Mexicans seek more options for affordable financial services. So what’s the industry doing about it?
When Carlos Rosso and Cesar Manduca founded financial technology (FinTech) startup MR Presta, they had spent the past 15 years working in financial services. And they were frustrated. They saw some of the largest financial institutions try over and over again to attend to the needs of small and medium business (SMB) owners, and fail each time.
They studied markets like Mexico, where SMBs account for three-quarters of jobs in the country and over 70% of SMBs flop; where loans are so inaccessible for 40% of the population that people need to borrow from friends, family, and often usurious informal lenders, with interest rates over 60% on average — nearly double the global average.
So they decided to take initiative and innovate. Using what they learned about credit and risk scoring at traditional financial institutions, Carlos and Cesar created a data-centric approach to assess small business creditworthiness, by using proxies for typical creditworthiness metrics like free cash flow and leverage of other past loans.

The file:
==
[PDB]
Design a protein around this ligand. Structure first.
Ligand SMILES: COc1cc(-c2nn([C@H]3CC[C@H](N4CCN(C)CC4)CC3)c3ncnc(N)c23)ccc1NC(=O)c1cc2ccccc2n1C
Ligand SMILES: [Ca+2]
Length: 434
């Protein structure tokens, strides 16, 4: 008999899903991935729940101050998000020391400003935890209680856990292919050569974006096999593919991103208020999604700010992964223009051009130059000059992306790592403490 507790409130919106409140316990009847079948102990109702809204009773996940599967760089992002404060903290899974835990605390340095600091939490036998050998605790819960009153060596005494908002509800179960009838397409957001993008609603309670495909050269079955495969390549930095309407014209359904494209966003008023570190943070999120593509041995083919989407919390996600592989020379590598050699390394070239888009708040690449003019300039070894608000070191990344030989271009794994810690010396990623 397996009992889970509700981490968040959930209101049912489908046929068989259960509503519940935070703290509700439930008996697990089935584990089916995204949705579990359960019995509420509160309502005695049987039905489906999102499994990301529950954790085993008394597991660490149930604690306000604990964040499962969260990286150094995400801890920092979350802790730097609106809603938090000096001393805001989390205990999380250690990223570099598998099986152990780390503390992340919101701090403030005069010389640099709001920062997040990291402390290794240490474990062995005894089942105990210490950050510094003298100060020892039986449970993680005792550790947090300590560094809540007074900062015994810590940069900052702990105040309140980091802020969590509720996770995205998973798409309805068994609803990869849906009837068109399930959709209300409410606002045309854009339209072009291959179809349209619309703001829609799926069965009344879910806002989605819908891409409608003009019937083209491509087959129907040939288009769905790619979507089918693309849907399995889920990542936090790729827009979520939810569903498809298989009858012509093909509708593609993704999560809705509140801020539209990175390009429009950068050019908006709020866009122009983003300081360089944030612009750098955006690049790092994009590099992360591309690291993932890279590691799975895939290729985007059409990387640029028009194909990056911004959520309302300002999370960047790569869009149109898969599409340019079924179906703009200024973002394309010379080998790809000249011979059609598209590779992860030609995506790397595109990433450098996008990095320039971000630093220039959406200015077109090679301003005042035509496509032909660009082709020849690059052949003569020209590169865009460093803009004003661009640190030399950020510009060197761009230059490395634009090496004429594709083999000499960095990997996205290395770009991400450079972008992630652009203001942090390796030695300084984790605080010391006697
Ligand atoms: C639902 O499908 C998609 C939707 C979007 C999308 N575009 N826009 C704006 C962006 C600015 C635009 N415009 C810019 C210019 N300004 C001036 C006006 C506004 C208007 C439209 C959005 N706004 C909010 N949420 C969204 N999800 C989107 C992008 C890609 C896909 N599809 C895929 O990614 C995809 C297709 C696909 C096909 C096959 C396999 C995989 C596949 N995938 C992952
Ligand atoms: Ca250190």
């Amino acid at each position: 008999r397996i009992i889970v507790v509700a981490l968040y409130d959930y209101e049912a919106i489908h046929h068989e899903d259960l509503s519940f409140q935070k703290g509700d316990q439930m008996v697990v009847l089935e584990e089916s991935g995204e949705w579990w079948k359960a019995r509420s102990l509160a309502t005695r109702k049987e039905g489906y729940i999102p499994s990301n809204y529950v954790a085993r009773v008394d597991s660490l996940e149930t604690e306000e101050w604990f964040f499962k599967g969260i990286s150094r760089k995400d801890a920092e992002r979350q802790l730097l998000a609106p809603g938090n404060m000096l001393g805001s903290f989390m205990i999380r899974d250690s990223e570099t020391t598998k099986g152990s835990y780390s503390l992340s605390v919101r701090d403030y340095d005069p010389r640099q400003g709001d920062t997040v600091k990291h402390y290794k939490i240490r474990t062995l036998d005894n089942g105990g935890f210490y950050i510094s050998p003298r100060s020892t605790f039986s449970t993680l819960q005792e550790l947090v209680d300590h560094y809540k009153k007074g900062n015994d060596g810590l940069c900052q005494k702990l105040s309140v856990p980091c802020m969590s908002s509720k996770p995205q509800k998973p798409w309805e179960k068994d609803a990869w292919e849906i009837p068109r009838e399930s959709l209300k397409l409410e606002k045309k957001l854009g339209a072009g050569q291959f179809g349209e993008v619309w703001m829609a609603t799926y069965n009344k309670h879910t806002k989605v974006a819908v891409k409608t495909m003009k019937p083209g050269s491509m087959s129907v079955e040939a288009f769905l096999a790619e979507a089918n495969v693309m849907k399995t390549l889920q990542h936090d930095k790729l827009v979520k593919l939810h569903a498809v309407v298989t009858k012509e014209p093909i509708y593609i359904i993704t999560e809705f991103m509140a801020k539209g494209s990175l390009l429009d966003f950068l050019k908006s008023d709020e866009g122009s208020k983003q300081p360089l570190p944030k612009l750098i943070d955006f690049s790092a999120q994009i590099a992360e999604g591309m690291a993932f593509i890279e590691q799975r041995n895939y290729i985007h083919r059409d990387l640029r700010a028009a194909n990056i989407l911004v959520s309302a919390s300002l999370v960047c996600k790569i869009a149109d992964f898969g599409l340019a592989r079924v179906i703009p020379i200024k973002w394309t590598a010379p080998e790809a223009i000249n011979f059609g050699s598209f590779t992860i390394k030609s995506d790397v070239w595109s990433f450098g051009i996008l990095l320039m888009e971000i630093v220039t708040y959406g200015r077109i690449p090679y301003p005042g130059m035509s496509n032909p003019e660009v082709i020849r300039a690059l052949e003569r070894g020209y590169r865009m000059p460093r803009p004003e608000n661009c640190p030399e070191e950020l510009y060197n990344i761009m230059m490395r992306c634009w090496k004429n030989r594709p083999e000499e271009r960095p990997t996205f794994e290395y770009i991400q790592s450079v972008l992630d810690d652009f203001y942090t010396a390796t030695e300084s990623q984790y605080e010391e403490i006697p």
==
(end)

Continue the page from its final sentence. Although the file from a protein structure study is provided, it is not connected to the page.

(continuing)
For banks and other financial institutions, it’s no secret that the Carloses and Cesars of the world are taking a step in the right direction. In fact, 82% of leaders in financial institutions agree that innovation is a critical factor in growing their businesses; but half of them admit that innovation still doesn’t play any role in their strategic planning processes.
So what are Mexican financial institutions doing to address market needs?
This year, PayPal and Village Capital expanded their relationship to support entrepreneurs around the world focused on democratizing access to financial services for underserved individuals, families, and SMBs. With additional support from BlackRock, we recently concluded our first venture development program for 2016 in Mexico.
Village Capital FinTech: Mexico 2016 recruited the top 11 Mexican ventures improving access to financial services in Mexico, presented them to 150 mentors through a 3-month venture development program, and then, through the “peer-selection” investment model, gave the entrepreneurs the power to decide which two companies among their cohort would receive US$75,000 in funding from Village Capital and co-investor Pomona Impact. The two teams that earned the peer-selected investment for this cohort were Monterrey-based ventures providing access to affordable loans, MR Prestaand ePesos. Check out all of the program grads at the end of this article.
Natural Partners in Innovation
Given their strategic focus on entrepreneurship and innovation in financial services, PayPal and BlackRock were natural partners for Village Capital in running this program.